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Are IYPs and online publishers doing as much as they can to promote SEO on behalf of their SMB customers? This and related issues were discussed in the “SEO Success Strategies for IYPs” panel at DMS ’09 this afternoon.

Led by Mike Boland, the panel consisted of four SEO leaders:

  • Steve Espinosa, VP of Innovation, eLocal Listings. (Steve was the only person attending the conference sporting a tattoo reading “We don’t do keyword arbitrage.”)
  • Andrew Shotland, Local SEO Expert, Local SEO Guide, man of many lives, and self-described industry gadfly.
  • Todd Renard, Senior Director Product Development, WebVisible, which has been in the SEO business for eight years.
  • Sean Morrow, VP Product and Business Development, MyVirtualPaper, which puts a variety of content online in an SEO-friendly format.

The panel started by tackling the gnarly subject of taxonomy. Specifically, how the hierarchy of categories (carried over from print Yellow Pages) has fettered the usage of SEO. However, there was general agreement within the panel that these issues are getting resolved at the bigger local search sites.

The panelists identified players that are handling categories/SEO well. Some of the players mentioned:

  • MerchantCircle does a “phenomenal” job of obtaining content from the SMBs it lists in its directory, and positioning this content for SEO purposes.
  • YellowBot, which uses tags instead of categories (i.e., not hierarchical).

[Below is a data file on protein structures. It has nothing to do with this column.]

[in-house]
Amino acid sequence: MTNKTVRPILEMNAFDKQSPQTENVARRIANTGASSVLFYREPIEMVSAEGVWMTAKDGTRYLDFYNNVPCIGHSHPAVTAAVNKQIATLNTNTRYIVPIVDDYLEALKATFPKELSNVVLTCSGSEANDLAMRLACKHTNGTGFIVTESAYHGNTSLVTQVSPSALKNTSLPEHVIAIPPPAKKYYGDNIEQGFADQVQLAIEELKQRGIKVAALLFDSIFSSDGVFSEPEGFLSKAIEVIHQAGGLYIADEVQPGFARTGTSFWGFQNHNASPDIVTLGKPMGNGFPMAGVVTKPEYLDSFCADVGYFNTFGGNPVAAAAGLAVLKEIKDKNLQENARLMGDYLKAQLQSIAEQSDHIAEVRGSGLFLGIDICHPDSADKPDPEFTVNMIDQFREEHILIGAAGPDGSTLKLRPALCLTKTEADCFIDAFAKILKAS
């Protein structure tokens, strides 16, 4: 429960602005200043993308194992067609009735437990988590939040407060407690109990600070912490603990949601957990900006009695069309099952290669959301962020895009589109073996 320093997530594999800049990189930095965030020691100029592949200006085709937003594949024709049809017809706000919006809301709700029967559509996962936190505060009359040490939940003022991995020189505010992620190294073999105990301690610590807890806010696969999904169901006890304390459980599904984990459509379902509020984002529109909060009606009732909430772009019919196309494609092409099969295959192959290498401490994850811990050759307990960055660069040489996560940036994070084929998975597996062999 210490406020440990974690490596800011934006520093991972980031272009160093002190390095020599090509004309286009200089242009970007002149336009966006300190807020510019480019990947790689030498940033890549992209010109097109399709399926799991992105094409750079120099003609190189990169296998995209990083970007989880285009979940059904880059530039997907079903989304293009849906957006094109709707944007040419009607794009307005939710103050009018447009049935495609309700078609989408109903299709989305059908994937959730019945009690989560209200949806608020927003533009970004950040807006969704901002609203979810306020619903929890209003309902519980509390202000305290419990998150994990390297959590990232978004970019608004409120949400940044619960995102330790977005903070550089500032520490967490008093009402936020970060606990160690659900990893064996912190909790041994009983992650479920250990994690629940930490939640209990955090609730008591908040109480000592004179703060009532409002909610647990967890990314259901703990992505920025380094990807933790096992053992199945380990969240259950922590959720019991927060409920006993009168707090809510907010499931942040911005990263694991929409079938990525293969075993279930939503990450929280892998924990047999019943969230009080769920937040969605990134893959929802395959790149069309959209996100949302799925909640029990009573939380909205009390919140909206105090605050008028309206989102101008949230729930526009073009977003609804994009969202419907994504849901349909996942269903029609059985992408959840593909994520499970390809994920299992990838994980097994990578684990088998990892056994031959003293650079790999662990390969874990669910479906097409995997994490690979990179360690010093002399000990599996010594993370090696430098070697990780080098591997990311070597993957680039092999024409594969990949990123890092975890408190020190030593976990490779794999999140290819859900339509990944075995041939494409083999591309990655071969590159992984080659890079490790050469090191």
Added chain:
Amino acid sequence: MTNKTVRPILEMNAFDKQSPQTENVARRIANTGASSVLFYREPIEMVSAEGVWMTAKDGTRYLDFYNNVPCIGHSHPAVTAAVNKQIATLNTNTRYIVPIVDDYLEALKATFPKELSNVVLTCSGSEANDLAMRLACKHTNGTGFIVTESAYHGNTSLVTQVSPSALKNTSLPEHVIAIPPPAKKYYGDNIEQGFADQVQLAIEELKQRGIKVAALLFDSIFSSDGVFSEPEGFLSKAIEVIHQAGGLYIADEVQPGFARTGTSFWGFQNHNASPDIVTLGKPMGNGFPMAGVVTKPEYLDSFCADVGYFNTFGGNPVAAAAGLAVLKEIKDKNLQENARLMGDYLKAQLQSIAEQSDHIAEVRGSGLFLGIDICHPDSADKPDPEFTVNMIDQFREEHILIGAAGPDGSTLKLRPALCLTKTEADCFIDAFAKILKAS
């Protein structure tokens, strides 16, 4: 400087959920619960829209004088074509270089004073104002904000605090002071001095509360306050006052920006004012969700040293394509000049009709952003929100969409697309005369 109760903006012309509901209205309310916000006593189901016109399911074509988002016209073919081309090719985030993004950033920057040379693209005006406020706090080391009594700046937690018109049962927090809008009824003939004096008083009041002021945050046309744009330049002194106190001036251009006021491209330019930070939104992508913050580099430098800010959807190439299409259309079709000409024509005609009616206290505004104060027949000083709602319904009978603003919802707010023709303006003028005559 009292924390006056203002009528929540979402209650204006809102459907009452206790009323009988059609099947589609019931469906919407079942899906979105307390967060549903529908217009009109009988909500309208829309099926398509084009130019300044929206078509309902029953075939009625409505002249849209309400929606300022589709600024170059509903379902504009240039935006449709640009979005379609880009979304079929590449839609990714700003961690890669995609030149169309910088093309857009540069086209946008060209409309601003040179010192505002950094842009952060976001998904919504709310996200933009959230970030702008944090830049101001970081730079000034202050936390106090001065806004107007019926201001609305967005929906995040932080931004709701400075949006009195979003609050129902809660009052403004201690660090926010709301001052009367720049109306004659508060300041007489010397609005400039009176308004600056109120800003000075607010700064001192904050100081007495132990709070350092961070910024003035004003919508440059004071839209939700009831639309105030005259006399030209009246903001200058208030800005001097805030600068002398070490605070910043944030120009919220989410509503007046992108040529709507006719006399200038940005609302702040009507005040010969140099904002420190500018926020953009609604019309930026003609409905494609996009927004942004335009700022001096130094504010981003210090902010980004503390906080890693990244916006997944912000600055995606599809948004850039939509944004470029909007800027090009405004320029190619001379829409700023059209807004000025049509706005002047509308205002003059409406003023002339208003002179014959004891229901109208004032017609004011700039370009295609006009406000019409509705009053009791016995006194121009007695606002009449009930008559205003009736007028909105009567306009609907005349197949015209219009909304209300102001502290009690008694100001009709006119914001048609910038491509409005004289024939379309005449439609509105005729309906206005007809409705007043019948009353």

• Yahoo Local — “They keep the crawlers coming back for fresh content. They know where to put fresh content so that it will be discovered.”

The next gnarly topic tacked by this fearless panel was churn rates.

  • Espinosa pointed out that a lot of SMBs that quit an ad campaign with a given publisher don’t stop advertising — they just move to another publisher.
  • Renard talked about how overselling SEM has contributed to high churn rates. SMB purchasers of SEM campaigns didn’t fully understand what they were purchasing, and realistic expectations weren’t set. He pointed out that it’s difficult to prove value in two to three months; a longer timeframe is needed, but many SMBs don’t have the needed patience.

Finally, this energetic panel addressed video, and the role it plays in SEO. As Shotland pointed out, SMB video is an easy way to get ranked on page 1 of Google search results. Renard said WebVisible just launched video on its direct channel. Espinosa said he’s seen video on a site’s first page lift conversion 300 percent.

Unfortunately, video often doesn’t get published in a way that is discoverable (e.g., ambiguous file format; not linked to anything). Also, Shotland shot one across the bow of the industry by stating that “The problem is that much of [SMB video] just isn’t very good.”

A few tips were also given to SMB video advertisers, such as: By commenting on other videos on YouTube, you automatically create a link back to your own YouTube page. Also, the need for unique content was emphasized. Duplicate content (across pages within your own site) doesn’t help, since it is just “duped out” by search engines.

The session was capped off with an impromptu real-time “site clinic” on SEO, in which the panelists critiqued a Web site from an SEO standpoint. The lucky patient was the Web site of a local floral shop, ‘” The good news is that this site was in pretty good shape, from an SEO standpoint. The bad news is that you aren’t getting a bouquet of fresh flowers from a secret admirer.

Some of the closing comments included:

Morrow: Content is key. Expanded content improves chances of discovery in a long-tail search.

Renard: The freshness of the content is crucial — it needs to be updated frequently. It is NOT “sot set it and forget it.”

Shotland: Put your content on other Web sites. One of the best ways to get high ranking by SEs. Don’t be so proprietary about your data (and videos). Also, the organization (advertiser) has to be committed to SEO. It isn’t black magic, and it may well require changes to the site.

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